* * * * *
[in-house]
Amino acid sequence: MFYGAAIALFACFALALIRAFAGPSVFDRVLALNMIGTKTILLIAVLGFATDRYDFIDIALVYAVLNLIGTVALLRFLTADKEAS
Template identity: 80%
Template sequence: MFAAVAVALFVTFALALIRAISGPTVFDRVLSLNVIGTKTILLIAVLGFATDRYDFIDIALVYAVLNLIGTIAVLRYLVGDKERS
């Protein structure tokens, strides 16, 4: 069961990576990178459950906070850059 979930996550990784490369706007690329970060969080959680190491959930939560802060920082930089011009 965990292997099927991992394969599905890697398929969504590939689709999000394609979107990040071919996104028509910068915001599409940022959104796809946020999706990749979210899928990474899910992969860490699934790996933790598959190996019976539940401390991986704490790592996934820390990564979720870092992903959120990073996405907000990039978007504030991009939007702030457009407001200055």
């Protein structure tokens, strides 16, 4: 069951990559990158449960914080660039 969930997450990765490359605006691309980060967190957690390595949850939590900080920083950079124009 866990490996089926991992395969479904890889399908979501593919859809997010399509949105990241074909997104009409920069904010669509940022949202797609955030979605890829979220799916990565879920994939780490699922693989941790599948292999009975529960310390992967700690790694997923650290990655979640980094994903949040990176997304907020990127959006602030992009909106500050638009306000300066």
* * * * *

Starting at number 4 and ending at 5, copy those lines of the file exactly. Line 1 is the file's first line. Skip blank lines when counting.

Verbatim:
Template sequence: MFAAVAVALFVTFALALIRAISGPTVFDRVLSLNVIGTKTILLIAVLGFATDRYDFIDIALVYAVLNLIGTIAVLRYLVGDKERS
């Protein structure tokens, strides 16, 4: 069961990576990178459950906070850059 979930996550990784490369706007690329970060969080959680190491959930939560802060920082930089011009 965990292997099927991992394969599905890697398929969504590939689709999000394609979107990040071919996104028509910068915001599409940022959104796809946020999706990749979210899928990474899910992969860490699934790996933790598959190996019976539940401390991986704490790592996934820390990564979720870092992903959120990073996405907000990039978007504030991009939007702030457009407001200055």